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Tavern Platt Park should sprout next spring

All systems are go for Tavern Platt Park, which will transform the former home of India's Pearl (and Lola, Micole and Greens before that) at 1475 South Pearl Street. Tavern Hospitality Group, which bought the building, had a hearing with the Denver Department of Excise and Licenses on July 2 to transfer the liquor license, and that went through without a hitch -- or an objection from any neighbors.

Plans now call for starting a major renovation of the place in September, with a goal of opening in March or April, says Frank Schultz, who owns THG with his mother and stepfather.

Which is appropriate, because TGH now has a family of home-grown restaurants: the original Tavern Downtown (which started out as the Soiled Dove in 1997) and the nearby Cowboy Lounge, Soiled Dove Underground and Tavern Lowry, Tavern Uptown, Tavern Littleton, TavernTech Center and Tavern Wash Park, which is something of a prototype for Tavern Platt Park, since it, too, is on a commercial block in the middle of a residential neighborhood.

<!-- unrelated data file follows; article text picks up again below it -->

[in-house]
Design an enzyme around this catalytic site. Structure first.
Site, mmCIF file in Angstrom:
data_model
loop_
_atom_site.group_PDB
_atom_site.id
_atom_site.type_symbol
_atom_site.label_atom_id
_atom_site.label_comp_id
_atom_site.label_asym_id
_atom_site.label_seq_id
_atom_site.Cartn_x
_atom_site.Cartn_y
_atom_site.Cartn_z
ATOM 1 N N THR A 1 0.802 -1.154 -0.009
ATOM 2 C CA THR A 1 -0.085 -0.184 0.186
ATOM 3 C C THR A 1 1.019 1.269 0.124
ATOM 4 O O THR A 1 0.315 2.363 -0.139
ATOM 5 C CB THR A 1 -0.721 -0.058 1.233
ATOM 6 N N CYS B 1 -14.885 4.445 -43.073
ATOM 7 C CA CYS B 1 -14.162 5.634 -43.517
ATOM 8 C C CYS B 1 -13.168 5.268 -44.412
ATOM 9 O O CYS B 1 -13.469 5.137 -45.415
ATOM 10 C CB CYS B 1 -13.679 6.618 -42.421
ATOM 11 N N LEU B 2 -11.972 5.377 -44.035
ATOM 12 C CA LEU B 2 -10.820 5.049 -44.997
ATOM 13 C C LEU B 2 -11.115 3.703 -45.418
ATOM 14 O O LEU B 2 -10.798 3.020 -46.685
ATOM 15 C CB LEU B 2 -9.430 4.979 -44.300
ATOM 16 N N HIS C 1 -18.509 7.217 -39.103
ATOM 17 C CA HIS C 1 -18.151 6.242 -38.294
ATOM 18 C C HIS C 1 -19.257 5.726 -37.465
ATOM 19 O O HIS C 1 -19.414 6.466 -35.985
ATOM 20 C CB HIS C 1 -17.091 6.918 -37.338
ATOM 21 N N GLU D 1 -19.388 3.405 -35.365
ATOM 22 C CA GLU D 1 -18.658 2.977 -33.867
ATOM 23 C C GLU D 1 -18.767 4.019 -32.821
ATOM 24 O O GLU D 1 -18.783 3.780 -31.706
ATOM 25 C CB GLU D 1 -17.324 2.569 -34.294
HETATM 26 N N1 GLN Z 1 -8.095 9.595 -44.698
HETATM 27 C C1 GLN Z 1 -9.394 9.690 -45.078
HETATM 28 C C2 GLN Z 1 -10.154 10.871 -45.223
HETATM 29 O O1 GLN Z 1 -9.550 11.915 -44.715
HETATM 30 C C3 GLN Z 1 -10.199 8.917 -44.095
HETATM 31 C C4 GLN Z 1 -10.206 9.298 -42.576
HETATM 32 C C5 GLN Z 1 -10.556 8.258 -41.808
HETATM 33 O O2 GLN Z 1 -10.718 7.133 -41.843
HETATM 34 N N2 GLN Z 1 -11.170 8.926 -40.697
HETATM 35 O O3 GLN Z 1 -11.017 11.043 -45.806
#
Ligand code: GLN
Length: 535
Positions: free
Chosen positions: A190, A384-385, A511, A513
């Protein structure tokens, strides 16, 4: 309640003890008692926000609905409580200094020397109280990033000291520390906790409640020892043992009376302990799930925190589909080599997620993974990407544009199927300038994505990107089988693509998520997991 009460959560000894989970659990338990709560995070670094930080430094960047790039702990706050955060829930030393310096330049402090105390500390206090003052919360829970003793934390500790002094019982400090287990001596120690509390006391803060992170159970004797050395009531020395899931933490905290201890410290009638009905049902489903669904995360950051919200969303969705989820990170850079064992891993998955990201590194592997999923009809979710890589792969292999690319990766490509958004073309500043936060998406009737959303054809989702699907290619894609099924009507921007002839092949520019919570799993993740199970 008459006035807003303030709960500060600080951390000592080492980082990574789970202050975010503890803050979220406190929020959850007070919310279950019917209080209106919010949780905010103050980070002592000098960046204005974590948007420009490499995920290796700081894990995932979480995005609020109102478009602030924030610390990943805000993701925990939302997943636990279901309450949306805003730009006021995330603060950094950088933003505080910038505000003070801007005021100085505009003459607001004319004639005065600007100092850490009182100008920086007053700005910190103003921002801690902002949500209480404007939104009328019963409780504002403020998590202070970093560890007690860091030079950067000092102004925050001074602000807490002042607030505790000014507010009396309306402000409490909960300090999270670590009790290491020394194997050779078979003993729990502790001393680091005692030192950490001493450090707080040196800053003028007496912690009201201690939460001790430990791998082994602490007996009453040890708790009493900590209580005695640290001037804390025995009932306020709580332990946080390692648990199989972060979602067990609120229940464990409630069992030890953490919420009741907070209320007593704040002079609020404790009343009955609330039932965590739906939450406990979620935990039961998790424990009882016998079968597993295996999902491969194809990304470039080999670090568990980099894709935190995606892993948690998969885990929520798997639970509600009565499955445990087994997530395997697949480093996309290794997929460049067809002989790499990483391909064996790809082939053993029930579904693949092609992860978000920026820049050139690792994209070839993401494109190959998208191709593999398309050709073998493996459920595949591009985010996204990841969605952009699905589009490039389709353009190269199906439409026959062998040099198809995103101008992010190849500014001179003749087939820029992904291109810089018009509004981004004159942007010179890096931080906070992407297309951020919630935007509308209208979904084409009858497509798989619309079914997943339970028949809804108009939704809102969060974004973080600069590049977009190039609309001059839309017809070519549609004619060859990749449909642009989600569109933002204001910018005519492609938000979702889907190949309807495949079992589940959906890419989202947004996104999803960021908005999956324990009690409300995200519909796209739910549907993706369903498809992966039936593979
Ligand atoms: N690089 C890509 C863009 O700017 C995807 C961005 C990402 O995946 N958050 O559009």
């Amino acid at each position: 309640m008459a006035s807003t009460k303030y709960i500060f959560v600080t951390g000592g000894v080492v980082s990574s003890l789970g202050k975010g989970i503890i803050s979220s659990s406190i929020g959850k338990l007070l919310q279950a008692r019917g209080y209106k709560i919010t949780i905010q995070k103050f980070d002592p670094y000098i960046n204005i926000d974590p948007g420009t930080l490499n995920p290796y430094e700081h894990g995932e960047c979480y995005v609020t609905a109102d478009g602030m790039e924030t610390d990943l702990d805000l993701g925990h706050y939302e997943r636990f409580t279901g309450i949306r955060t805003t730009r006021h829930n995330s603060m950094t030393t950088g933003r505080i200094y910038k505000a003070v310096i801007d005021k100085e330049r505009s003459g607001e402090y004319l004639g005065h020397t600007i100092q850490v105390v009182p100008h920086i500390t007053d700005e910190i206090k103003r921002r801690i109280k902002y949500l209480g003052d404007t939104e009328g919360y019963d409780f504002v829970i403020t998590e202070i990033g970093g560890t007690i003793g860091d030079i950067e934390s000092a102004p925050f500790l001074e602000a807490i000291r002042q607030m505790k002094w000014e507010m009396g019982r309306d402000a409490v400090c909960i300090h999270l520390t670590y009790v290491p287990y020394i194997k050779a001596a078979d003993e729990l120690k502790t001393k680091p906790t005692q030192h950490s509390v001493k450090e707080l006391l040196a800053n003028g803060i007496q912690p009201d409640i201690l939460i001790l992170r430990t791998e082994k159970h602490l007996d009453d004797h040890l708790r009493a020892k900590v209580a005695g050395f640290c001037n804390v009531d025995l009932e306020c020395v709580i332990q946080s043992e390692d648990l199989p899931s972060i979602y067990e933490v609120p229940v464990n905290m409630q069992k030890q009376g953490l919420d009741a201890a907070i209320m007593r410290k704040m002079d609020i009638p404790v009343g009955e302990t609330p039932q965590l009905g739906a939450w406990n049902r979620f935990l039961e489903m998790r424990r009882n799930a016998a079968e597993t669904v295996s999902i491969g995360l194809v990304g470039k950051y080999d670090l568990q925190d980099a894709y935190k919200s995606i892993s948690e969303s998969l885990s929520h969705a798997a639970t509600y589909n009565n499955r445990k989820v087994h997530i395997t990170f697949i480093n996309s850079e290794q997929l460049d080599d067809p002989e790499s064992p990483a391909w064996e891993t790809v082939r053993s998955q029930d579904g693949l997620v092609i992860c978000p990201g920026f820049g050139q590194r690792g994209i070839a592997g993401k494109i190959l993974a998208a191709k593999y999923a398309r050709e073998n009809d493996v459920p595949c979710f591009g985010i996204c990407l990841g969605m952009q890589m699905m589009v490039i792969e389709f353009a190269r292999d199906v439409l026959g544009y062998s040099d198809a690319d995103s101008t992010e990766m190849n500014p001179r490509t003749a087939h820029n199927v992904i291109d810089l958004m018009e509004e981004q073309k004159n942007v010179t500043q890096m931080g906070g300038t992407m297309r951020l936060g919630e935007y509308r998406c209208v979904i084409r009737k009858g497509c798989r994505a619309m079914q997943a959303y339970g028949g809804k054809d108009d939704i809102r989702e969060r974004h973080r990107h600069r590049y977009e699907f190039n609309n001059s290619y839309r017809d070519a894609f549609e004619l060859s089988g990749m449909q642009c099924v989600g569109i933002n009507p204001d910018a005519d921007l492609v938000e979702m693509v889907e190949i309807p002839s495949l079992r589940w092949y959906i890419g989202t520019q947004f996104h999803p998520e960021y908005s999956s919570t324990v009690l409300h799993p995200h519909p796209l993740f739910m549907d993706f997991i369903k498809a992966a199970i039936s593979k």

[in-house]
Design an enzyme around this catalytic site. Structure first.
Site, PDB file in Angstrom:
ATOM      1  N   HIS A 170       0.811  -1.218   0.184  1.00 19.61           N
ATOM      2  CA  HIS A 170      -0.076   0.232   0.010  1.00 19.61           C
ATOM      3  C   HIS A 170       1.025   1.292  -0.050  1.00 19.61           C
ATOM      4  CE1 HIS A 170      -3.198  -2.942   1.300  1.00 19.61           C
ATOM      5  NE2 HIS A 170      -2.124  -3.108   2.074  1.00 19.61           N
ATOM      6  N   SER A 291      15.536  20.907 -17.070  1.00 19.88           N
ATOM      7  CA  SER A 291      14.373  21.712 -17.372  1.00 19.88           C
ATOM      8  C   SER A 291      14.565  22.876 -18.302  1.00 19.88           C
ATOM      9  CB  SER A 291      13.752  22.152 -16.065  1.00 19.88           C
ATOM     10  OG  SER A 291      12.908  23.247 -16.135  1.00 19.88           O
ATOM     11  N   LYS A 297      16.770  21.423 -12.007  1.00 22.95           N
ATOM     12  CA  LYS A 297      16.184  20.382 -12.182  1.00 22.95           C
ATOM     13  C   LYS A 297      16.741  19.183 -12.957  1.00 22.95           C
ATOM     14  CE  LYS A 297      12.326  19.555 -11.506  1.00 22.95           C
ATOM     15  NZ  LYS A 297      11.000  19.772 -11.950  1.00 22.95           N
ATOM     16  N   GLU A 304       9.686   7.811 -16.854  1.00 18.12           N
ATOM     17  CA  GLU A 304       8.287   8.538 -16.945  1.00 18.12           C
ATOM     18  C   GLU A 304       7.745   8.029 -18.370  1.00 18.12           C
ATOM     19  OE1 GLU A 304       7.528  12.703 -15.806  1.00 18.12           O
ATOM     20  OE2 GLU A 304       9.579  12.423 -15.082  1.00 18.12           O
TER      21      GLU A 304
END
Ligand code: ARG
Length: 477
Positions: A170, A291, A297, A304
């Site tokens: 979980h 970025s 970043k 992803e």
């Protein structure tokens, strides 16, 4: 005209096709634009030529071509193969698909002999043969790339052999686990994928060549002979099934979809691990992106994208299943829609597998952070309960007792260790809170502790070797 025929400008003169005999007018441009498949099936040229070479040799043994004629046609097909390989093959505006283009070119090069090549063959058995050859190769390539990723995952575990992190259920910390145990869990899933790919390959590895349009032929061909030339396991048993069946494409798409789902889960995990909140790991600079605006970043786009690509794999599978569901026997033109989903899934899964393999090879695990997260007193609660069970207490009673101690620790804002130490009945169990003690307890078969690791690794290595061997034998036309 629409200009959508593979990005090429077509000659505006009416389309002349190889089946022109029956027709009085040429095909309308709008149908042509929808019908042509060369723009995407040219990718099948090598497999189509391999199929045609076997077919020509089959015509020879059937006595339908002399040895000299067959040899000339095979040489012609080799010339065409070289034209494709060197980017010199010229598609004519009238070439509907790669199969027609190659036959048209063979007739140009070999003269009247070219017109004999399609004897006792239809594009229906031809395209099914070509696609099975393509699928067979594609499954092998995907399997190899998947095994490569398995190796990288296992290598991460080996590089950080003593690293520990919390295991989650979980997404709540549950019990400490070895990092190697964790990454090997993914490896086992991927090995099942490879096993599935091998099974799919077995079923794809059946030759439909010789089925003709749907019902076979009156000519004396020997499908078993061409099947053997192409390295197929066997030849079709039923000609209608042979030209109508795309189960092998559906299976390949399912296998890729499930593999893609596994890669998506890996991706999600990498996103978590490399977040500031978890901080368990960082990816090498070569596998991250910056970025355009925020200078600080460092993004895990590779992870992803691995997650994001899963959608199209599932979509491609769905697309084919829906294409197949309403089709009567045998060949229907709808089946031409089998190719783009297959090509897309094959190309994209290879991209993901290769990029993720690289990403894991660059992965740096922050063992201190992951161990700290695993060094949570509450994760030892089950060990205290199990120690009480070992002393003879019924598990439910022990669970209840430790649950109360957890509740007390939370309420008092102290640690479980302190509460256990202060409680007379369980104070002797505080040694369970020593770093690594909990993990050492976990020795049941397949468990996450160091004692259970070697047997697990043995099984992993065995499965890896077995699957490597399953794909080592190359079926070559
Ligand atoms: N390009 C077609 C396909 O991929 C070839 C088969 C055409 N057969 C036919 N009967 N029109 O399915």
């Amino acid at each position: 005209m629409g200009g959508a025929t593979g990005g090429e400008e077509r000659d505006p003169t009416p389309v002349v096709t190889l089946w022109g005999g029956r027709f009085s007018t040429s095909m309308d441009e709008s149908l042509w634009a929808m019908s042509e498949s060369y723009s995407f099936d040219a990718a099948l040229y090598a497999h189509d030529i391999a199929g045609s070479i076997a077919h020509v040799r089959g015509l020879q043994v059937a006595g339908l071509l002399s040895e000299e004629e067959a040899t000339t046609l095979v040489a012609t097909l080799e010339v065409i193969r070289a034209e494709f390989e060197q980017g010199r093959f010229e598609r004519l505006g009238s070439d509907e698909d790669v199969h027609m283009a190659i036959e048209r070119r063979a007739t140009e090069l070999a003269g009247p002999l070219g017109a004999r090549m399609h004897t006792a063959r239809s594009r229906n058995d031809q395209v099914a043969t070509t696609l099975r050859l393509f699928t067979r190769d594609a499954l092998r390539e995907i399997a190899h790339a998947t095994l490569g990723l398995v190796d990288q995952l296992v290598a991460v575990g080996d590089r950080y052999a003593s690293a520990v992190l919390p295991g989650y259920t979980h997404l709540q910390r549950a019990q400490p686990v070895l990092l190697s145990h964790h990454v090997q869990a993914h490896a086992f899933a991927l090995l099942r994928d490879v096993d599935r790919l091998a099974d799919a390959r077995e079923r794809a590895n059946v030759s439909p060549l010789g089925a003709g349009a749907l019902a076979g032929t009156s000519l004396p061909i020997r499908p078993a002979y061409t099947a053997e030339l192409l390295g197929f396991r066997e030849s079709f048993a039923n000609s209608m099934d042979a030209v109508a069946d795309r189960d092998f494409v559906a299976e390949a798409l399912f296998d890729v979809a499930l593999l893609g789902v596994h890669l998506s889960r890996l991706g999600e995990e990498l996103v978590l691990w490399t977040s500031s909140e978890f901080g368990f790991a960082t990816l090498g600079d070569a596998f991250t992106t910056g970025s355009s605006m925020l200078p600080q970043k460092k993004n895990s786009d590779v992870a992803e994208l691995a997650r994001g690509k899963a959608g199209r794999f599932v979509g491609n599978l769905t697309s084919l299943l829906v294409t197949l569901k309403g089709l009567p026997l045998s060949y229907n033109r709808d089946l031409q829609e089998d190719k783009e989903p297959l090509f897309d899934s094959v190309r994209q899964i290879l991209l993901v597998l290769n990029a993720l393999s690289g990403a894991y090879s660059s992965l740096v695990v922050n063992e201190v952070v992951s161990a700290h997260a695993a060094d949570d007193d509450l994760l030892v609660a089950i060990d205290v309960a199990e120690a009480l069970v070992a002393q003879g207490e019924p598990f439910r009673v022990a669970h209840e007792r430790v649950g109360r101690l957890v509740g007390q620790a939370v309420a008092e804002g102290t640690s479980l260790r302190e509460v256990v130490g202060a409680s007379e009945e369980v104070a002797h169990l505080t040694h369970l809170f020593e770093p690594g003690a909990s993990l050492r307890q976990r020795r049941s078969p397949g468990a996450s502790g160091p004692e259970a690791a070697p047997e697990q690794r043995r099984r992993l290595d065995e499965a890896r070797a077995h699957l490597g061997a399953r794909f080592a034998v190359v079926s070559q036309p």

Schultz spent a lot of time talking to Platt Park neighbors and businesses on South Pearl before the hearing. He took care of parking concerns by buying two more properties in the area -- including the spot that's home to Buchtel Motors, which will continue to operate there during the day, while Tavern Platt Park parks cars there at night. After listening to residents behind the restaurant, he moved the patio from the back to the front; he'll also build a rooftop patio. And he'll pave the alley with concrete, to eliminate potholes.

Although THG has emphasized sustainability before, "this will be the first green Tavern," Schultz says. "We're escalating that to use more Colorado products, Colorado brands." It's more expensive, he acknowledges, and Tavern Platt Park may not make money for five or six years, but THG is in the neighborhood for the long haul. And if these innovations work, they could be introduced at already existing restaurants, as well as future spots in Highland and Boulder, "if we ever get there," Schultz says.

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But while THG definitely has plans to grow, particularly in "character neighborhoods," Schultz and company aren't looking past state lines. They want to keep it Colorado.


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